UK Cabinet to meet as MPs reject Brexit optionstext_fields
London: UK Prime Minister Theresa May will summon her warring Cabinet to Downing Street for a five-hour showdown on Tuesday after Parliament once again failed to agree on any alternative to her rejected Brexit deal.
Three options -- a common market, a customs union and a second referendum -- were all narrowly rejected on Monday in the process of indicative votes, prompting renewed talk of a swift general election, the Guardian reported.
Reacting to the development, EU's chief negotiator Michel Barnier said that a no-deal Brexit was now more likely but could still be avoided.
Barnier said he saw three ways forward after MPs failed to agree on the latest Brexit proposals -- no deal, a long extension or the Prime Minister's deal.
"No deal was never our desire or intended scenario but the EU 27 is now prepared. It becomes day after day more likely."
With just 10 days left until Britain is due to leave the EU (on April 12) without a deal unless the government secures a fresh delay from Brussels, Brexit Secretary Steve Barclay said the Cabinet would have to decide the way forward.
"This house has continuously rejected leaving without a deal, just as it has rejected not leaving at all. Therefore the only option is to find a way through which allows the UK to leave with a deal," he said.
According to a Downing Street adviser, a snap election fronted by May was being "tested" and that it was viewed by some in the No 10 bunker as "the least worst option".
The customs union with the EU motion tabled by the former Tory chancellor Ken Clarke was rejected by a margin of just three votes, by 273 to 276, while a second Brexit referendum fell short of a majority by only 12 votes.
The Norway-style "common market 2.0" Brexit deal championed by Tory MP Nick Boles was also rejected, by 261 votes to 282. Just 33 Conservative MPs backed it.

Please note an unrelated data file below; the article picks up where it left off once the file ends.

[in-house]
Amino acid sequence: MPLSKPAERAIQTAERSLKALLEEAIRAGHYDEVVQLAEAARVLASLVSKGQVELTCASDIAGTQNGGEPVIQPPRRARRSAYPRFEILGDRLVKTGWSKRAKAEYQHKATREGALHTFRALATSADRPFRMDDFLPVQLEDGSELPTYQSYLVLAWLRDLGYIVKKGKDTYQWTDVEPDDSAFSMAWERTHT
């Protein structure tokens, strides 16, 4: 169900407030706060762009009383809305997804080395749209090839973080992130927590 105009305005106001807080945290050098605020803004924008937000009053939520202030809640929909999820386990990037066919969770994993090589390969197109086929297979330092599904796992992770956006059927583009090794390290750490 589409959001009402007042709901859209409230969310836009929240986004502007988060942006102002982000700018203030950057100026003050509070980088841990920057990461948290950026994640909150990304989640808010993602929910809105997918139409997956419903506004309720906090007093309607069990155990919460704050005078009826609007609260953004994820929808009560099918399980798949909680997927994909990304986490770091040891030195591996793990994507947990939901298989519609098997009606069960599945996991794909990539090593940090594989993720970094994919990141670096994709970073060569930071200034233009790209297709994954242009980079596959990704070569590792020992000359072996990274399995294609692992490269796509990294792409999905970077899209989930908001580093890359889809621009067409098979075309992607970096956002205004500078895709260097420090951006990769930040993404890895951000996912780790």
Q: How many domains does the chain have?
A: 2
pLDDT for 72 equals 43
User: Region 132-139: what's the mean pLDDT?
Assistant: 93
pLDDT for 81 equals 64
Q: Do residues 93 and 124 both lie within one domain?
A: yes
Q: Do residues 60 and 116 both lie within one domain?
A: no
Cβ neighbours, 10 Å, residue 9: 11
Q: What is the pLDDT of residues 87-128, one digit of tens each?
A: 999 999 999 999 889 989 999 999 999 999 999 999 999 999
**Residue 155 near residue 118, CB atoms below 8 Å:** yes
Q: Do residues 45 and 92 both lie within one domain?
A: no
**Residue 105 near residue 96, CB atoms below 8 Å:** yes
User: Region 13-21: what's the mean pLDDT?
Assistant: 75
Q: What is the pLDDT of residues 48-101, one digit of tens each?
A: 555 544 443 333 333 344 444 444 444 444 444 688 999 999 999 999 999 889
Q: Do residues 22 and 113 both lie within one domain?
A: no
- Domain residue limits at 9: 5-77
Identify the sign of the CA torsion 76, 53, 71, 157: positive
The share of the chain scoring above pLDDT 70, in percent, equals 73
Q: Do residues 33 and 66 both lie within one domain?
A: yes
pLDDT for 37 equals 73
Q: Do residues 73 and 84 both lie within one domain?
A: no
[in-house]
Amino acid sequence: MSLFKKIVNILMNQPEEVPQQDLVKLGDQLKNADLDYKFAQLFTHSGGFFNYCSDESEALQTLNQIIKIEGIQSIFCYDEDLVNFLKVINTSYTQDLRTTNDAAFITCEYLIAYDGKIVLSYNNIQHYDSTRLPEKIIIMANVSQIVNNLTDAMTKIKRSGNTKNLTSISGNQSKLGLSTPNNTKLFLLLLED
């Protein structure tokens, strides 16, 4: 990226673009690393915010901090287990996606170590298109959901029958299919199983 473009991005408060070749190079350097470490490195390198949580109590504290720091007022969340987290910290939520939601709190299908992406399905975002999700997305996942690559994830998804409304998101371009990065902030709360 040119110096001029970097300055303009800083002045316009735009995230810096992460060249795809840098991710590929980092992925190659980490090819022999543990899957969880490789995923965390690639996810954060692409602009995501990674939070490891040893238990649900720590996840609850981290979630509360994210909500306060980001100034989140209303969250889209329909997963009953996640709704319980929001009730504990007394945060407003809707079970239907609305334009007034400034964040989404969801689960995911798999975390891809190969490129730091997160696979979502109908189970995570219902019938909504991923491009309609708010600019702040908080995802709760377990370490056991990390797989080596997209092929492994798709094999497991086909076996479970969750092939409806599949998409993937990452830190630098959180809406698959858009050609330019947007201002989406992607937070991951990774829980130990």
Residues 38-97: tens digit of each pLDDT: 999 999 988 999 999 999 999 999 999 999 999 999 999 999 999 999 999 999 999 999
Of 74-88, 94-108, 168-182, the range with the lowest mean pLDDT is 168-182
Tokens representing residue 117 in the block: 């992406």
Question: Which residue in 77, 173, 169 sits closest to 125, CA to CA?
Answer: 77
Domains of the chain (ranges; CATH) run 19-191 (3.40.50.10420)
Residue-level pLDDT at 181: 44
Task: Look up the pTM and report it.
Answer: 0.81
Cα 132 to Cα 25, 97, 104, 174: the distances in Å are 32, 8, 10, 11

All three alternative Brexit options lost by a significantly narrower margin than May's deal, however, which was rejected for a third time by 58 votes last Friday.
MPs also declined to back a separate attempt by the Scottish National Party MP Joanna Cherry to allow Parliament to prevent a no-deal Brexit.
Cabinet ministers will have to decide whether to tack towards a closer future relationship with the EU in an attempt to build a majority; head for a no-deal Brexit on April 12 or give May's deal a final shot this week, probably on Wednesday, reports say.
Several Cabinet ministers, including Andrea Leadsom and Liam Fox, say that a no-deal exit would be preferable to a customs union and they claimed the support of over half of the parliamentary party, many of whom signed a letter to May making the point.
May's official spokesman underlined her continued objections to Britain remaining part of a customs union on Monday. "She has said on a number of occasions that she believes it is important for the UK to have its own trade policy," he said.
No 10 has not ruled out bringing the Prime Minister's deal back to the House of Commons for a fourth time if the Speaker will allow it.